Kyustendil

After two months in isolation, the restrictions finally came off and we had the opportunity to travel for a short break. We live in Sofia but spent the isolation in my hometown Samokov. So, this time the trip started from there 🙂

Kyustendil is about 70 km away from the town and the trip took us about an hour. I had several planed sites to visit and the first one was the Hisarlik fortress.

The fortress is located on the highest point of the hill with the same name rising 2 kilometres southeast of the city. It was built at the end of IV and the beginning of V centuries. It was remodeled during VI century and survives the two Bulgarian states and was torn down by the Ottoman invaders in the XV century. The fortress has the shape of an irregular polygon. It is 117 meters by 175 meters in size and its territory is 2,12 hectars. The shape of the fortified area follows the configuration of the terrain.

The fortress is protected by 14 round, triangular and rectangular towers. There are two gates and five secret entrances. The main and widest gate is in the eastern wall and is near the main road. The fortress wall has different width, which varies from 1.6 meters to 3 meters. The supposed height of the walls is 10 meters and the height of the towers- 12 meters. The building technique is called opus mixtum – a mixed masonry with rhythmically changing layers of stone and brick from 4 or 5 rows of bricks.

As you can see the views are amazing.

From here we headed to another famous site unknown to me until recently. Three unique century-old redwoods – giganteya rise here, in Iuchbunar. They were declared a natural monument in 1989. They are the oldest and the highest redwoods in Bulgaria as their age is over 120 years and their height is more than 30 m. Around them there are more than 100 younger redwoods, grown from seeds by the forest workers Ilia and Gyula Tsvetanski.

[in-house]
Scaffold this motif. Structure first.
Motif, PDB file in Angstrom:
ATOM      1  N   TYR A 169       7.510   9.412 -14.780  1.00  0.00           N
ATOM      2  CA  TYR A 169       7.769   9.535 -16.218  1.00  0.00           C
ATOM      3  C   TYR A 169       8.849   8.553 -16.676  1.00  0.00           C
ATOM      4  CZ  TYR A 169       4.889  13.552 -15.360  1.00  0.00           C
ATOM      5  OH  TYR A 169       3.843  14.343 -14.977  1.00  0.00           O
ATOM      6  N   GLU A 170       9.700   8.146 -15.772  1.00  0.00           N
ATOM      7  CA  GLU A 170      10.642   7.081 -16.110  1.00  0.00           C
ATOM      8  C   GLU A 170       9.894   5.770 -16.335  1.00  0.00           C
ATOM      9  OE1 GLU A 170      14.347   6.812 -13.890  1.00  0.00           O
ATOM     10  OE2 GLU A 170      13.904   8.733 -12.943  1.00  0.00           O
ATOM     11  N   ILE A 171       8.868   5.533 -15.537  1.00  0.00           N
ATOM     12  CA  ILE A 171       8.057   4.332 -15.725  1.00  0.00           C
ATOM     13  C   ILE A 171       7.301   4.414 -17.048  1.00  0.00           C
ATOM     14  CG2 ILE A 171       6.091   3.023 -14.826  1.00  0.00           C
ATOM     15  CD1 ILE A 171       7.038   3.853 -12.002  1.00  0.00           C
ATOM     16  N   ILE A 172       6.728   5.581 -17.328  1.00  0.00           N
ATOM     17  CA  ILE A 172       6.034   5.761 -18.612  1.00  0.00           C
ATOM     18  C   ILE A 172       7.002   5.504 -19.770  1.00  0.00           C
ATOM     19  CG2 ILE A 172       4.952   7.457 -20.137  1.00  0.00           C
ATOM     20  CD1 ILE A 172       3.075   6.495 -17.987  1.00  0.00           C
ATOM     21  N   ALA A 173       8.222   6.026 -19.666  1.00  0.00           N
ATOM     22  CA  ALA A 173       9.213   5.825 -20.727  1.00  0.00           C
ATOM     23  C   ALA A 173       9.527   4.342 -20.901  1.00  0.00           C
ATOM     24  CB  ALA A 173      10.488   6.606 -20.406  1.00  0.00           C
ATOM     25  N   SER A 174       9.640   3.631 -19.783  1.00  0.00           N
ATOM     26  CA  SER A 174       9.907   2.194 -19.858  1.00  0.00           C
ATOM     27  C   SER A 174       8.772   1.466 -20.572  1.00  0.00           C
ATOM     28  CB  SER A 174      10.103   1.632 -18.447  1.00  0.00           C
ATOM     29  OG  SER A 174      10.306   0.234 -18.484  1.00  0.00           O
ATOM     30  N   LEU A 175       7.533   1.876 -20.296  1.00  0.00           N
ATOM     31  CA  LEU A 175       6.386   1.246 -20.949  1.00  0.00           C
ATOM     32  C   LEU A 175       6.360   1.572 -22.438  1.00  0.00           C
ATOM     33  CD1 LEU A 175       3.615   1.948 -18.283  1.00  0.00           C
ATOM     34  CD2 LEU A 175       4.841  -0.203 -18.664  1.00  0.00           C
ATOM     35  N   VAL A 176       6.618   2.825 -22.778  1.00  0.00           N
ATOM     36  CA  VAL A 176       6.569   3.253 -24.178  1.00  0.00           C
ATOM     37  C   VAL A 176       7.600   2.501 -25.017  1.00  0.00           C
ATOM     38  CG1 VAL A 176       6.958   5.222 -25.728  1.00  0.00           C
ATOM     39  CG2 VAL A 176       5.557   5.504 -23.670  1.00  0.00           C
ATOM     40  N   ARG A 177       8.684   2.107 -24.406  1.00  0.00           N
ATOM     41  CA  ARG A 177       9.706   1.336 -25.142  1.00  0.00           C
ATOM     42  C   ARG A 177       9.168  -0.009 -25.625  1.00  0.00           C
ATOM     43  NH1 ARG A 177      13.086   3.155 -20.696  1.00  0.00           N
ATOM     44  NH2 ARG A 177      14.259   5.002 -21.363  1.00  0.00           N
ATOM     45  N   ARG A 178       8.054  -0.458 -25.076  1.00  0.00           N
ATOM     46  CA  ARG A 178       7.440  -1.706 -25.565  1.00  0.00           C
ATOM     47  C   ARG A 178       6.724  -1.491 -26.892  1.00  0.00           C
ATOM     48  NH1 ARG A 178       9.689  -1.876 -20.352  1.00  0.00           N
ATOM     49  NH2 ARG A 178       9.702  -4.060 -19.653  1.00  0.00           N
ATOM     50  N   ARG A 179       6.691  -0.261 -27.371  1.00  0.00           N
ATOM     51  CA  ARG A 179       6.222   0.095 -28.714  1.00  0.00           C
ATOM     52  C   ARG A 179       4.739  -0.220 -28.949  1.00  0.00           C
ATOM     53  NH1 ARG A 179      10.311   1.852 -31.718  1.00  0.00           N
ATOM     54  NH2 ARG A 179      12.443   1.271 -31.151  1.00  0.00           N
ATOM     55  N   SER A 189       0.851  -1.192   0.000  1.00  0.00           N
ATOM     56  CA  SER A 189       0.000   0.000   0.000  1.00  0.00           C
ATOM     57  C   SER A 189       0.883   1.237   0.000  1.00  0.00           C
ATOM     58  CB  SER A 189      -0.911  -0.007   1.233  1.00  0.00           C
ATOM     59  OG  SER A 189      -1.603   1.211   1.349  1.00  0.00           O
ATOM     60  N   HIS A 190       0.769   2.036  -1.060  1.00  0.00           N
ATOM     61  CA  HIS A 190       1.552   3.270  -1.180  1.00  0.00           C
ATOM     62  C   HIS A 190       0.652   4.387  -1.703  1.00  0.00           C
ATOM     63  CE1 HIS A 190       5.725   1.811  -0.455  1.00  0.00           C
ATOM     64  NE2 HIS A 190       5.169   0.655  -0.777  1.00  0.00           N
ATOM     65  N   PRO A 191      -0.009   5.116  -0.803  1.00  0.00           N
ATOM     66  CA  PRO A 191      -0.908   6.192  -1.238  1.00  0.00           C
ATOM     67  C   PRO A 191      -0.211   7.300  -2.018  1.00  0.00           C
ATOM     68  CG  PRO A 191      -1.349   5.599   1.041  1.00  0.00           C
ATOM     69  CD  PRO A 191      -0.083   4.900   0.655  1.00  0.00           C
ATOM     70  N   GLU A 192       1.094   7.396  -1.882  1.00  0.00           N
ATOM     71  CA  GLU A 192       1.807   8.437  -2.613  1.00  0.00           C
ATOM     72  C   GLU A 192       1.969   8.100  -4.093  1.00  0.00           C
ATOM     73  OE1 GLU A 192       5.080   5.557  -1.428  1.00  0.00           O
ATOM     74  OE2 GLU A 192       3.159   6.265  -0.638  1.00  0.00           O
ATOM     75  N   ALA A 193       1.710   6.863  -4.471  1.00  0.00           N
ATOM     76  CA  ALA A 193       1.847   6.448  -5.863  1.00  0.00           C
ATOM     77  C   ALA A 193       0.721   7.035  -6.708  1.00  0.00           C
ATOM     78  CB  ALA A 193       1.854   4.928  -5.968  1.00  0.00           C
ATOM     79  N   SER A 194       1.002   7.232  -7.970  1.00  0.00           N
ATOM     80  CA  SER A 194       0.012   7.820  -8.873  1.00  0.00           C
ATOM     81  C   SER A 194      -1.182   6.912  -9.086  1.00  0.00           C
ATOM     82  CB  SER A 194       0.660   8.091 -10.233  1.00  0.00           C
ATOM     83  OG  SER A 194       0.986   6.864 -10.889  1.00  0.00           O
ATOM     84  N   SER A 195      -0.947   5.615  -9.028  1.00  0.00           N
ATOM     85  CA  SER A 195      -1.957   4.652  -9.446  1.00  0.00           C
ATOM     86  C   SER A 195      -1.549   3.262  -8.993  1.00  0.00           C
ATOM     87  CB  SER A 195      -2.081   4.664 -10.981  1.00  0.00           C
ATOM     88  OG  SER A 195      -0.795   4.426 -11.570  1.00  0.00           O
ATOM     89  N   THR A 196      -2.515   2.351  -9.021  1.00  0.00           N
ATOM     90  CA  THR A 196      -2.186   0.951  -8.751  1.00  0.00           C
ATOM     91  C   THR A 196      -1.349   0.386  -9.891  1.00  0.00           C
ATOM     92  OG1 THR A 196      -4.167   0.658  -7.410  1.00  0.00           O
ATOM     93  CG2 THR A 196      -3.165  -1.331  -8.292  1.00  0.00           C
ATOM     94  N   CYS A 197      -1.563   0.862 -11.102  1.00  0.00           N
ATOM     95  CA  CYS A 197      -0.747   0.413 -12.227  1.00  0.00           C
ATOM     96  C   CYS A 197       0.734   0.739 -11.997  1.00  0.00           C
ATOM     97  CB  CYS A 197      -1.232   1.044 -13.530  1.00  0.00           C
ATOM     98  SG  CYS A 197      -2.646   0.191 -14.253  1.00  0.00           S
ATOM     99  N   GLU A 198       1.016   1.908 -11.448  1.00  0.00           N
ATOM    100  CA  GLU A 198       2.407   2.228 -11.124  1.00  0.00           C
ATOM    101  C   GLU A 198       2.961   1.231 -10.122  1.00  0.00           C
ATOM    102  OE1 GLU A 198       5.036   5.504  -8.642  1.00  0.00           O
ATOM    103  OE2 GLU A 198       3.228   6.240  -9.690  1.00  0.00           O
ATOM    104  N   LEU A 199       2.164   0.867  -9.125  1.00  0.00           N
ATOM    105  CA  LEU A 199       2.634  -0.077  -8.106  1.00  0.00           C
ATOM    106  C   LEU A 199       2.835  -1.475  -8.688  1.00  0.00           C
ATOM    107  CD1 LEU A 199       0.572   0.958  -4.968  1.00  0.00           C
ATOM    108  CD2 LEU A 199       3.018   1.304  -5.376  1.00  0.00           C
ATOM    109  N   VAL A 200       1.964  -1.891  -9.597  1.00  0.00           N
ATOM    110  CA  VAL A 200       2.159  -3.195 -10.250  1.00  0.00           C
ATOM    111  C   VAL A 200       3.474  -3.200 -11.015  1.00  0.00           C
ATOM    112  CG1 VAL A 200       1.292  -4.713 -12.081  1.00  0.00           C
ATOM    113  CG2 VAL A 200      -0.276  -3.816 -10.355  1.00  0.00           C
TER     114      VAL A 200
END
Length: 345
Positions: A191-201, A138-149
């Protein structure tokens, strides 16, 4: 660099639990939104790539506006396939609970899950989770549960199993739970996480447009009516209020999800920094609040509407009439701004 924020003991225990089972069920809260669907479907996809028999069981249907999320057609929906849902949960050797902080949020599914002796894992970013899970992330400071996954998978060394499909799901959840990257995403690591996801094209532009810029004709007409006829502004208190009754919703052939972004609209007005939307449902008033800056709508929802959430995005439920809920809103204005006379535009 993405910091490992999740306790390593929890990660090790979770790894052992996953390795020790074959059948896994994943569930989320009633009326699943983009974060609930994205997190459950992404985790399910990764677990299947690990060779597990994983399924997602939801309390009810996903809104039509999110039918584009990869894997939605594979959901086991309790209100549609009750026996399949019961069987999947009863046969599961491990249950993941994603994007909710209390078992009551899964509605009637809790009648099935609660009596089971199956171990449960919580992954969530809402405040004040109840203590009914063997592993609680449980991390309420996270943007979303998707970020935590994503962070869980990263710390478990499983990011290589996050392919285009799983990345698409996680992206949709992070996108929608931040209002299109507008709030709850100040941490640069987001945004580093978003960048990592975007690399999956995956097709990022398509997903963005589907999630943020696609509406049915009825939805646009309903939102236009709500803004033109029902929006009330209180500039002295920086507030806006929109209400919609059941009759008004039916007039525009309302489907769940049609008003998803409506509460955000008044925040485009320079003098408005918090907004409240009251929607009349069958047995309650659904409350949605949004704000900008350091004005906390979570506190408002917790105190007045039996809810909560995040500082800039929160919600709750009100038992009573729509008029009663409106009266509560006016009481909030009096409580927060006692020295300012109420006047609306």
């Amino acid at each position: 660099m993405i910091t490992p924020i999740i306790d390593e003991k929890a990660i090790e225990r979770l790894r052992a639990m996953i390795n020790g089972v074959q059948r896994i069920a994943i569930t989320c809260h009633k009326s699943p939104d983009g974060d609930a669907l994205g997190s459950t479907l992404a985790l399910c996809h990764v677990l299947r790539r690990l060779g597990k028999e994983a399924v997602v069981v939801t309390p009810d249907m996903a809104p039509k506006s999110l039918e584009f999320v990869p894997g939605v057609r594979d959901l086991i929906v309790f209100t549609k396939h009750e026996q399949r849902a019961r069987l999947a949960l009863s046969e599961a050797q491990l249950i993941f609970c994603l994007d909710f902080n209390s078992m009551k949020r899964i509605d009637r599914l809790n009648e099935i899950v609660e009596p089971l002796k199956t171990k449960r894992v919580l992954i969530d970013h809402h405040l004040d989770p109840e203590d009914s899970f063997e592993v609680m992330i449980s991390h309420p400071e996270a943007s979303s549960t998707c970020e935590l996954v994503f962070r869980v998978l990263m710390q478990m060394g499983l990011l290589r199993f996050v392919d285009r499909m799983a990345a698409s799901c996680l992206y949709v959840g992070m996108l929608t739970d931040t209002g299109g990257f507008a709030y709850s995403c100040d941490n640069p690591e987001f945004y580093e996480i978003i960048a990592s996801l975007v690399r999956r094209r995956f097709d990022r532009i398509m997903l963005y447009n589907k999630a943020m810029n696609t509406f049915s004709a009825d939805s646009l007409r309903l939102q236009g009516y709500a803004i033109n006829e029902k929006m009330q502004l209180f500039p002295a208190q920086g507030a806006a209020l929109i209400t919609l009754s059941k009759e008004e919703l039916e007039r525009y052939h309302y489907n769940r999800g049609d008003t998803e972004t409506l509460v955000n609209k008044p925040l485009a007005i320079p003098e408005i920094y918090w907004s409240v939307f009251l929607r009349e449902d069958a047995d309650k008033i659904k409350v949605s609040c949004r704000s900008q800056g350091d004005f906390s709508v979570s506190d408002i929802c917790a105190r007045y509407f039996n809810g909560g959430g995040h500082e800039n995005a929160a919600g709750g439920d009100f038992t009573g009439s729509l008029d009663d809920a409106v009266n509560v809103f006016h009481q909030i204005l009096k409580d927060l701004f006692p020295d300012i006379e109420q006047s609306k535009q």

The home country of this evergreen tree is the Siera Nevada Mountain in California. There is a national park “Sequoia” where different tree are older than 2000 years and with 100 height and 10-12 m radius. Their name is connected with the Indian chief Sequoia from the Cherokee tribe, inventor of their alphabet. The oldest trees are 2200 years old but the humanity found about them just after 1850 when an Englishman found a whole forest by accident.

In Bulgaria the trees are planted in the begining of the 20 century, mainly in the south part of the country – Sofia ( Borissova Garden, Boqna, German, Kniajevo, Vladaia, Bankia, Vrana). You can see sequoias also in Svoge, Berkovitsa, Pirdop, Kostenets, Krichim, Stara Zagora, but the biggest ones are here, in the Iuchbunar area.

After this beauty we headed to the town and its many attractions

First we saw the Pirkova Tower – the name “Pirkova” comes from the Greek word ‘pirogs’, which means ‘tower’. This defense tower is considered to have been built at the end of 14th century and the beginning of 15th century. The tower has an almost square shape, sized 8,25 meters by 8,35 meters and is 15 meters in height.  It has a ground floor and 3 other floors above, the third of which, in one of its halves, is divided in two semi floors. The ground floor functioned as storage. On the first floor there is a northern overarched entrance, a stone fireplace in the southern wall, which was used for heating, as well as two loopholes. The second floor was used for living. It has a fireplace, a niche, 3 vertical and 2 round loopholes and a gallery with a place for sanitary needs. The third floor was used for circular defense. In the late middle ages it has been turned into weapons warehouse.

Opposite of the tower is the former mosque Ahmed Bey.  It was built in the middle of 15th century on the remains of a Christian church.

In 1904 a strong earthquake split the minaret, (which led to its final removal by the urban governance) and it was finally removed by the urban governance. The mosque is an impressive building with large dome and marble pillars and supports. The entrance arcade, covered with three small domes, is preserved in its original look. The facades are varied with arches with sharp tops – niches over the window openings. The mosque was built with stone blocks and bricks from earlier eras. It is unique by its decorative brick decoration, characteristic of medieval Bulgarian architecture – cornice “wolf tooth”, brick ornaments and others. The mosque is not active and currently serves as an exhibition hall of the museum in Kyustendil.